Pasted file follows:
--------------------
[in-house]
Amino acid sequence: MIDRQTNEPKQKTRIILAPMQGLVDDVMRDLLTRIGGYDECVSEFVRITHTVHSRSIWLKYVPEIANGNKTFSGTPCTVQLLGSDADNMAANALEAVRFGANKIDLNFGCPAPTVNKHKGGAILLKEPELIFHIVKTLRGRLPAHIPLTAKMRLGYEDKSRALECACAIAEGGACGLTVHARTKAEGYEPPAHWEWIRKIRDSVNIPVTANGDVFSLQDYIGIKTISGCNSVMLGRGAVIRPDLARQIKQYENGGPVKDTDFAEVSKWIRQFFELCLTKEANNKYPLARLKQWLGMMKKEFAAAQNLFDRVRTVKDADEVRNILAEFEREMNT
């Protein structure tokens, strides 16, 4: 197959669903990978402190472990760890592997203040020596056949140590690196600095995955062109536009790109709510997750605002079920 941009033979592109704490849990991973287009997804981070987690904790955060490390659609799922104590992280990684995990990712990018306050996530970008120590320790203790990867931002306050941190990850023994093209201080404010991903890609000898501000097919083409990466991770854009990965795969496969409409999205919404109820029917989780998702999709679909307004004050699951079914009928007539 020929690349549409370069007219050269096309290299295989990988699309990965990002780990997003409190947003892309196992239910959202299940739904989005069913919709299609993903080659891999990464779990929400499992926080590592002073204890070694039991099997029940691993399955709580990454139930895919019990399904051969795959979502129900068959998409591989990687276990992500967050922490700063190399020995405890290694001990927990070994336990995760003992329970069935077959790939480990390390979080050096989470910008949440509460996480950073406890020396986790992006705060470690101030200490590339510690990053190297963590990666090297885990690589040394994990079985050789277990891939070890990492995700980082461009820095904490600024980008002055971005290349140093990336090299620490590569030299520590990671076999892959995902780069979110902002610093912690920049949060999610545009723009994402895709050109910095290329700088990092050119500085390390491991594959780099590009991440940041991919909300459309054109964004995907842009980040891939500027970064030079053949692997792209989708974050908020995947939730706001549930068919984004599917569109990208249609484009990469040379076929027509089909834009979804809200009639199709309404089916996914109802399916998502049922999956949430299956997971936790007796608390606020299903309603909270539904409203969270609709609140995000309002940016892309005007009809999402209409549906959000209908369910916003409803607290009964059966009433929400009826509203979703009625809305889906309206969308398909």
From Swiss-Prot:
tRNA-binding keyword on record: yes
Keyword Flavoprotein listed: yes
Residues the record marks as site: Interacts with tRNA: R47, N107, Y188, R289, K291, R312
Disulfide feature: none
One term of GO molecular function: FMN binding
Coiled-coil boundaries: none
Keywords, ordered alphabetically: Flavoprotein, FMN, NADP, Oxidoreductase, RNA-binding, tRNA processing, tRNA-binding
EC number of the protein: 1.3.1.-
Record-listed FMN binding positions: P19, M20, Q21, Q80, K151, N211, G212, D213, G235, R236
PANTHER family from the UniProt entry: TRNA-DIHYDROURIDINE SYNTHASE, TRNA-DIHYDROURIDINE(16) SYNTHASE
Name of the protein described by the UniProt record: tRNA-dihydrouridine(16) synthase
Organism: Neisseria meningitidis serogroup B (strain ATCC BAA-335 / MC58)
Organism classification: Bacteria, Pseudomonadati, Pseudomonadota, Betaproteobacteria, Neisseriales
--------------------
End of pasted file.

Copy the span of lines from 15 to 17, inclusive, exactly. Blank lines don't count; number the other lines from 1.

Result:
Name of the protein described by the UniProt record: tRNA-dihydrouridine(16) synthase
Organism: Neisseria meningitidis serogroup B (strain ATCC BAA-335 / MC58)
Organism classification: Bacteria, Pseudomonadati, Pseudomonadota, Betaproteobacteria, Neisseriales